Solutions aiming to increase developers' productivity entered the market in the 1990s. The appearance of numerous code generators or automatic programming supported sharing within development teams and allowed for assistance in modelling the business need, mapping HMIs (Human-Machine Interfaces), and helping developers manage access to databases.
At that time, there was no DotNet, Java, or anything similar. The Internet didn't exist either, and the world of informatics was still getting its bearings in terms of language. A developer, properly speaking, was a creator of raw concepts equipped with know-how and low-level language.
In two decades, the situation has changed completely! The ‘Dev's’ environment has standardised itself in two large communities: .Net for the Microsoft universe and Java for everyone else. Nowadays, thanks to the Internet, developers no longer face their problems alone. The possibility of interacting with a community of experts to find solutions has led to development through reuse (with the concept of patterns). The developer’s job has moved on from conceiving to assembling.
While conception is a skill that can be learned, reuse requires a completely different effort. In this context, the two main challenges are knowing that solutions exist and being able to put them to work.
For players in the fields of finance and insurance, is it a real advantage to rely on development through assembly rather than on custom-made applications that are completely dedicated to business needs?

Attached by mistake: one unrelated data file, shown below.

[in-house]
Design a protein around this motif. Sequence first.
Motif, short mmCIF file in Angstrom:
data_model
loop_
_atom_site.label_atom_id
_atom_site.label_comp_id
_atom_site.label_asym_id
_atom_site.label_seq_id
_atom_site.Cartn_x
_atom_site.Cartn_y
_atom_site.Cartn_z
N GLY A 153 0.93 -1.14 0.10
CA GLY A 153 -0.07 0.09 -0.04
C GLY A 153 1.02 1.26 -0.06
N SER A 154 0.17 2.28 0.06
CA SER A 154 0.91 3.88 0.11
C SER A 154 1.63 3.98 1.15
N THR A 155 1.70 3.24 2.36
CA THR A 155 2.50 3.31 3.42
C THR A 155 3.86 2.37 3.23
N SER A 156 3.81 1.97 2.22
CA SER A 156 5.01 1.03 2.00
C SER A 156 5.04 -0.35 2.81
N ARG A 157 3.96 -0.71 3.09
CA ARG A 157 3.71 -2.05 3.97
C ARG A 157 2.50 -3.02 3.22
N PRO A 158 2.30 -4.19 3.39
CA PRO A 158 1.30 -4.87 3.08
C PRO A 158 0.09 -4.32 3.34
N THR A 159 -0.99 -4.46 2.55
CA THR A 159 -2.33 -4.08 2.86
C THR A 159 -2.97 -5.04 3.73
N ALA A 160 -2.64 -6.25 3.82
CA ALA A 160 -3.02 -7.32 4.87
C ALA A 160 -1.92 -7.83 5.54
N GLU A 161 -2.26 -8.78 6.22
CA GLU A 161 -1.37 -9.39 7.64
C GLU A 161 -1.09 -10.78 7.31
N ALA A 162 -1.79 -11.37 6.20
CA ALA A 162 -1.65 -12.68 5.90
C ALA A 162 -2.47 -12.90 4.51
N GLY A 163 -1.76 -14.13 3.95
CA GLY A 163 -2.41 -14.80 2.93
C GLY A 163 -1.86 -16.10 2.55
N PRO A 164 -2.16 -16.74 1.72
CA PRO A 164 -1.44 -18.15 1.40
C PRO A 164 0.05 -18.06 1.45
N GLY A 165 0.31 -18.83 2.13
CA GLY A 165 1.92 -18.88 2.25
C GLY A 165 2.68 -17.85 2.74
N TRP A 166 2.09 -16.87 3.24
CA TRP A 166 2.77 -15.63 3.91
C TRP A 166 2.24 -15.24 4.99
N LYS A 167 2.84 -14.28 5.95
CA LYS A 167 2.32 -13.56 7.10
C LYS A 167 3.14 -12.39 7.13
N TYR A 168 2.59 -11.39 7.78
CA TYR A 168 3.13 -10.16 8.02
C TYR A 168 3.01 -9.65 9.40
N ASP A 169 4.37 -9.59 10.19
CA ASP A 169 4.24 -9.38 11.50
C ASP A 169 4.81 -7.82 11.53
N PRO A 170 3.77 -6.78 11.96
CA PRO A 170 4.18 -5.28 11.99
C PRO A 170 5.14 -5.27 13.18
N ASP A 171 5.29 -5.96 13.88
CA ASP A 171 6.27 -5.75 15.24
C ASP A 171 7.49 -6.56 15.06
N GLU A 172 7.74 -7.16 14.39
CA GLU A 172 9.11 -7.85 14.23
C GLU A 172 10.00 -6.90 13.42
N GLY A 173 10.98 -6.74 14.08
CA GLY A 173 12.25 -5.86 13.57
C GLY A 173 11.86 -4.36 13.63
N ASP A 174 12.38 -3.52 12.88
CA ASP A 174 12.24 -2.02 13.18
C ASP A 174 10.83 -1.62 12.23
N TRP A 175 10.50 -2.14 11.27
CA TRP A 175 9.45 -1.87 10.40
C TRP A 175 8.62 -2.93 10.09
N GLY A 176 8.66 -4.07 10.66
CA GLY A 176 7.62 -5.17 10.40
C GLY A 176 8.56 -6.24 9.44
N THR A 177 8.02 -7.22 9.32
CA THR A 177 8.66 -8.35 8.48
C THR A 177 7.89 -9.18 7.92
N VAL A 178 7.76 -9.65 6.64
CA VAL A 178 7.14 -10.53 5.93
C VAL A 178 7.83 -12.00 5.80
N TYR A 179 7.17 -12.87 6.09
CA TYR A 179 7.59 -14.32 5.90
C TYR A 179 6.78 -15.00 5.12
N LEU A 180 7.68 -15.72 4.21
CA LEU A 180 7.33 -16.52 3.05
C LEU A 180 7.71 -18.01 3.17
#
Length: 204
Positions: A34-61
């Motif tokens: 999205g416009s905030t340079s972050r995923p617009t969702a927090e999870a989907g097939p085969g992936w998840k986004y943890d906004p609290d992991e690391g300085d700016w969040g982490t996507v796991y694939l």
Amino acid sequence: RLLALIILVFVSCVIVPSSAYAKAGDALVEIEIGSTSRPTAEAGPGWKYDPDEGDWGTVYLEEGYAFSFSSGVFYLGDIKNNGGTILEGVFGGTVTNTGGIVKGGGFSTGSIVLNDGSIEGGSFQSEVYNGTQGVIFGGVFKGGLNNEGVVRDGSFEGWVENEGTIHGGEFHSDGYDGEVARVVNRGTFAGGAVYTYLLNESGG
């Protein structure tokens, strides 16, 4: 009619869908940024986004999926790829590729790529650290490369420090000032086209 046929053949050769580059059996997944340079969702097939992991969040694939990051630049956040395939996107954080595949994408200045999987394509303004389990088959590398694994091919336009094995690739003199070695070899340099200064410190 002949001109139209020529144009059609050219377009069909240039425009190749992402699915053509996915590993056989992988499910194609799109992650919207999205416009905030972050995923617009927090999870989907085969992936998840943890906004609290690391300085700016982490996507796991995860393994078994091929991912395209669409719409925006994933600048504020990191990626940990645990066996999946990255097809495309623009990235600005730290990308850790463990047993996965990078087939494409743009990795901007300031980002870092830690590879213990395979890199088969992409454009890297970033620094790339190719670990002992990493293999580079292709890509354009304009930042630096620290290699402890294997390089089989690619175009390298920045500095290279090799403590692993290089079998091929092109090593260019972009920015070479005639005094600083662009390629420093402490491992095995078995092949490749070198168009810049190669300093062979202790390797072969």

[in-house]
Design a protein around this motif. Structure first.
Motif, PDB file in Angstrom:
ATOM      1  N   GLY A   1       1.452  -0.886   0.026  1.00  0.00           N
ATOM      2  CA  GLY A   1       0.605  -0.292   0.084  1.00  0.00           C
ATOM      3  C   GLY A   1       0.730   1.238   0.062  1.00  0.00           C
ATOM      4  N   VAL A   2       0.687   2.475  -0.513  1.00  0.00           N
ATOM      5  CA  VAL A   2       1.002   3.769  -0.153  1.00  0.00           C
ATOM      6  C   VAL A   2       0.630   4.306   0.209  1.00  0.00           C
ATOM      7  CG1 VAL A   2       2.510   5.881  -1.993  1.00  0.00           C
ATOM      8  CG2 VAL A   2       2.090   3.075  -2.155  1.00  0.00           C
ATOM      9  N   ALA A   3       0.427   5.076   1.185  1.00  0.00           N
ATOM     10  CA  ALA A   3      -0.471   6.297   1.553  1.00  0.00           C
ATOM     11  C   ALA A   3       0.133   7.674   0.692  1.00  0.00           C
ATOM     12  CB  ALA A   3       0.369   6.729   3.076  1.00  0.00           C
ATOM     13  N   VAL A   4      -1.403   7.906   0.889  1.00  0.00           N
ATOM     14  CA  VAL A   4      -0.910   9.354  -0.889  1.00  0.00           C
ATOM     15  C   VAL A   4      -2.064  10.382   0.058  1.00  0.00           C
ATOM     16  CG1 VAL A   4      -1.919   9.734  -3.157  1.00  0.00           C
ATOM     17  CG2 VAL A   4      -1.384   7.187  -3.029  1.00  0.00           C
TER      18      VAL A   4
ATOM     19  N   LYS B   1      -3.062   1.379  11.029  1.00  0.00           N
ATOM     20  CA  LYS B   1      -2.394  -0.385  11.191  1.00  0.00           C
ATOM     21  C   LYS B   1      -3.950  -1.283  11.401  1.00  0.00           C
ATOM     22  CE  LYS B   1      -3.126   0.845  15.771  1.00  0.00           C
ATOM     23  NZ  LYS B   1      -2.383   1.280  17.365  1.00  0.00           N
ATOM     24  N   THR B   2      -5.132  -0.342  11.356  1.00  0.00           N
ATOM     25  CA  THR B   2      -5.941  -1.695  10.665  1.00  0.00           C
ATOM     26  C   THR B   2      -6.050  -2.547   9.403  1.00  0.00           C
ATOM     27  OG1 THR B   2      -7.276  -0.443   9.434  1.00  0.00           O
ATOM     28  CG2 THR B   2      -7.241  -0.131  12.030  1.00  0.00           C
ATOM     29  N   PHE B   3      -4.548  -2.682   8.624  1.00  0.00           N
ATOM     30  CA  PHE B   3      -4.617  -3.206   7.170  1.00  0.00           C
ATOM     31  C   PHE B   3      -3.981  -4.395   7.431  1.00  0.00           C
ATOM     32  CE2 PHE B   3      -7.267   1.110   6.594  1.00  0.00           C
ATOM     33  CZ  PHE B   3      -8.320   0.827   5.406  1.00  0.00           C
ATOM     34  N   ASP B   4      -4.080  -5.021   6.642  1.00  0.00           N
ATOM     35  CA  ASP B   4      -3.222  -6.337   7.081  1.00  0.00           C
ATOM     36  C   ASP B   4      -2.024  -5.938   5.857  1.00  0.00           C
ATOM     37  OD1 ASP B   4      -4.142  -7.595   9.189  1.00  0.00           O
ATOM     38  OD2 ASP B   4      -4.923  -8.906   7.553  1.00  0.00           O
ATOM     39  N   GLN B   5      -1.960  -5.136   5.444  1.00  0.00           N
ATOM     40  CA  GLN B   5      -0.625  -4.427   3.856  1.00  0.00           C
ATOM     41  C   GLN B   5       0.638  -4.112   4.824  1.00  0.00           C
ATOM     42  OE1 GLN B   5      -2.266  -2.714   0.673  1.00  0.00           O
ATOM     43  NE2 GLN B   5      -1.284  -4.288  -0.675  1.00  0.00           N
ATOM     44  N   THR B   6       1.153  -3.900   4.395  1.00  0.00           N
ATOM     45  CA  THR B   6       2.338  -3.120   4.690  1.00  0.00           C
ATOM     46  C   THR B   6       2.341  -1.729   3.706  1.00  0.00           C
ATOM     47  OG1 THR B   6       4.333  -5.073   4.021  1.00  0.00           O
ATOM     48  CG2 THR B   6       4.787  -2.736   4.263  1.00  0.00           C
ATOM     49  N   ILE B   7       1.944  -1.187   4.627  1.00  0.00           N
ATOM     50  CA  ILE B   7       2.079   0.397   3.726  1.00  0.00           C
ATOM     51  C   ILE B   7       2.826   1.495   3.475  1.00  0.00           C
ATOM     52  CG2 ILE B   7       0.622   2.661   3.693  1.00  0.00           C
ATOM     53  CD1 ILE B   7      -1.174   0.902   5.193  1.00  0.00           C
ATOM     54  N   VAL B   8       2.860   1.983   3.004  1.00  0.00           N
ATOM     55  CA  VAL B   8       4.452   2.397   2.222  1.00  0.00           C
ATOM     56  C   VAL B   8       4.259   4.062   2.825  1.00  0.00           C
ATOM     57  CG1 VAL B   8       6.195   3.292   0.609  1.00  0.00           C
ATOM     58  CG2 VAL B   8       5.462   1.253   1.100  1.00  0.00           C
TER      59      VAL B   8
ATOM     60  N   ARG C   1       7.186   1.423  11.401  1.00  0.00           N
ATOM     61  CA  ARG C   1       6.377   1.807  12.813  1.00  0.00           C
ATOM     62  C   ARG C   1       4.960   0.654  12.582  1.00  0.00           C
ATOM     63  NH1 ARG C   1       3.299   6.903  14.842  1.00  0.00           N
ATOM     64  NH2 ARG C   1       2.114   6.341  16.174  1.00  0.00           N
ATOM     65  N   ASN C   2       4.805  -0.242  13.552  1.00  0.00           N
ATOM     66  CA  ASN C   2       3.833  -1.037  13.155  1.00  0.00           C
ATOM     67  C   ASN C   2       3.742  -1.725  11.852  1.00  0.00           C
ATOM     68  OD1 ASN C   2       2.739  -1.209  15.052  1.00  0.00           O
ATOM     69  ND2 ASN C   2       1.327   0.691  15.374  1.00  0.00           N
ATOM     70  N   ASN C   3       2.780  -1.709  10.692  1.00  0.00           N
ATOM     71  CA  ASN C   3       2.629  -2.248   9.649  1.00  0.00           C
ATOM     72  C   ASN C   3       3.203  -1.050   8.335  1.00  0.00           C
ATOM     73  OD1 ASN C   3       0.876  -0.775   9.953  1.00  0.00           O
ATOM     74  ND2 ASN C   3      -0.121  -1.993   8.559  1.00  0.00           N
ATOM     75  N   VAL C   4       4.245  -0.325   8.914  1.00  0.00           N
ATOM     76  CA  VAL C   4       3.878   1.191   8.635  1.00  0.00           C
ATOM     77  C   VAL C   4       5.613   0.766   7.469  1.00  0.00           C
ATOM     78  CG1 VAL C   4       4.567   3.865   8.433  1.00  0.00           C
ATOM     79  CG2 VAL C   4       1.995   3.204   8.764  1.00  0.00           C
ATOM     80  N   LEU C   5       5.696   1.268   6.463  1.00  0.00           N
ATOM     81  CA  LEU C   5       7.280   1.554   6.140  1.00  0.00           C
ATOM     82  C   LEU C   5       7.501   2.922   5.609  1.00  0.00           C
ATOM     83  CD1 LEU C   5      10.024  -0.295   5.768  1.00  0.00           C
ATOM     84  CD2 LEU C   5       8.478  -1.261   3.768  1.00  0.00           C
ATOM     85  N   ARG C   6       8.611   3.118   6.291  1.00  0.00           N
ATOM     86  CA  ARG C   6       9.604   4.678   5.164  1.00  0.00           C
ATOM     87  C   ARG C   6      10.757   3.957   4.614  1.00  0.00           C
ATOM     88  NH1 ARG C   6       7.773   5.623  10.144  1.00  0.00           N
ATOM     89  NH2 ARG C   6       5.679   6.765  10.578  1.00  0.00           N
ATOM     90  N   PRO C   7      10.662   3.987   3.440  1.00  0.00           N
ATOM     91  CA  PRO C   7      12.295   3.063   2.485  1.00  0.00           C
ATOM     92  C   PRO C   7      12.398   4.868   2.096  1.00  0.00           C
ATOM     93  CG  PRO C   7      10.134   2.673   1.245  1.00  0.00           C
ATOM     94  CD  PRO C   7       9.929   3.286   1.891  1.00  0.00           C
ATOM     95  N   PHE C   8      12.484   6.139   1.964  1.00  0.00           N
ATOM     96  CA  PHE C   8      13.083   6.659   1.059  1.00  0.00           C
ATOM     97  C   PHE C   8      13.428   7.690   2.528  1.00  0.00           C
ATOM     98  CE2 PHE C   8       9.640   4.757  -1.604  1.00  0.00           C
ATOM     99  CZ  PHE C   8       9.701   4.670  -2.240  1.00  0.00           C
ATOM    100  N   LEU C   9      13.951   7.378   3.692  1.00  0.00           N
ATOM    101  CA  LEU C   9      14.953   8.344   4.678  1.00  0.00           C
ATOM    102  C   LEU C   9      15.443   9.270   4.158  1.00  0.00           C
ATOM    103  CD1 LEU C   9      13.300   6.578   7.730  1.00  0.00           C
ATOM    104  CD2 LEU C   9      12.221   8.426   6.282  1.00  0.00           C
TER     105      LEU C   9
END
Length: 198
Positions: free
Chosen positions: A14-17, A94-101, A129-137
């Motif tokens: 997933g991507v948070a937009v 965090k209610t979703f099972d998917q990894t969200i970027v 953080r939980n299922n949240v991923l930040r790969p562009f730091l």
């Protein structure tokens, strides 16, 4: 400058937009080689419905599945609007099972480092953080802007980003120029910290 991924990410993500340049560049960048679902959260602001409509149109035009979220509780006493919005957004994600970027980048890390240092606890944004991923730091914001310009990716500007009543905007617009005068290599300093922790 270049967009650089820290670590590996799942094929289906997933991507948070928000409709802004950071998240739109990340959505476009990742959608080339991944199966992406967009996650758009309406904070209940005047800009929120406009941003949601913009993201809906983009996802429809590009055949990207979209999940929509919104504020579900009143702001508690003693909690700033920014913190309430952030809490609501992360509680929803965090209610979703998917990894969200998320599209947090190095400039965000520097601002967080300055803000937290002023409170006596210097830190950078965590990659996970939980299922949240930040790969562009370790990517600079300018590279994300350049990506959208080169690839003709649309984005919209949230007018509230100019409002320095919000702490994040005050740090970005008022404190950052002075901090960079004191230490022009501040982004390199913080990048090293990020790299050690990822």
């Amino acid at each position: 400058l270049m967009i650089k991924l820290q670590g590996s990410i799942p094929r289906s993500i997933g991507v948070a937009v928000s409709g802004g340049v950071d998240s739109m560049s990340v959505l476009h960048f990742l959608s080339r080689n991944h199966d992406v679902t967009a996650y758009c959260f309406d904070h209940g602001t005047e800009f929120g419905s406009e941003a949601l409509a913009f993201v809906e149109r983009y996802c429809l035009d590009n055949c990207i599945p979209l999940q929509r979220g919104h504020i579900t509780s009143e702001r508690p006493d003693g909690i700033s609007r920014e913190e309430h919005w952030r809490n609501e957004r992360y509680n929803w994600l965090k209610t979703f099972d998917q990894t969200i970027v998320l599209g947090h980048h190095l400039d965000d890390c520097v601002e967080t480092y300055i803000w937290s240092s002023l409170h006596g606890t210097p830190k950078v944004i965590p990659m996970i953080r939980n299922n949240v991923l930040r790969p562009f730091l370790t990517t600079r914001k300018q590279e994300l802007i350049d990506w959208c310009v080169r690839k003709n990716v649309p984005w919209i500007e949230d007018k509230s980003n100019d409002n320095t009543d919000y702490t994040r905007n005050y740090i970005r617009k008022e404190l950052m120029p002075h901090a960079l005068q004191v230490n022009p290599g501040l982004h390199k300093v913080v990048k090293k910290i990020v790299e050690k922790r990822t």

The reality in this area is that needs change. As with everything, the onset of change has to occur gradually. Whether it's in the area of developing customised applications or in that of software packages, developers are always dealing with a mixture of standards and specifications. Nowadays, every application is going to rely on some mechanisms and concepts that are common to the majority of market players. The ‘Dev’ environment consists of international players, who particularly define the concept of supply: many pieces of applications dedicated to finance are identical.
Choosing a 100% customised development approach will certainly respond to all aspects of the needs expressed by a client, but it will be costly. A 100% package-based approach, which, by the way, only exists for relatively simple and standardised needs, will never completely satisfy a client who is constantly seeking to stand out from his or her rivals.
In this context, taking the middle path makes sense. The issue at stake is to develop solutions while possessing the ability to assemble a maximum level of components, which respond to the client’s demands, and to retain a certain flexibility in the way of addressing the 20% of specifics dictated by the client, the needs at stake or the trends imposed by the market.
All the large-scale players in the publishing world are currently thinking about how to carve up their historic tools in order to place components on the market that can lead to solutions rather than strictly respond to an identified need. In effect, it's much easier to stick to a need with a limited range than to build a universal solution that, for example, will address all the needs of a field as vast as the insurance sector.
We are facing a real revolution! While the market is already offering some rare business components, the supply is far from satisfactory. In this context, Artificial Intelligence, for example, is a flag being flown by the greatest publishers on the market. In effect, the latter are not hesitating to devote considerable expenditure to being the first ones to be able to supply something that allows them to simplify the placement on the market of these complicated tools. However, this revolution is not only focused on advances in technology. It is also being led by the development of behaviour and habits. People are becoming increasingly lazy in the literal sense of the word. Businesses are no longer concentrating on what will make them stand out, but rather on rebuilding what others have already done. Everyone wants to reuse on the one hand and innovate on the other!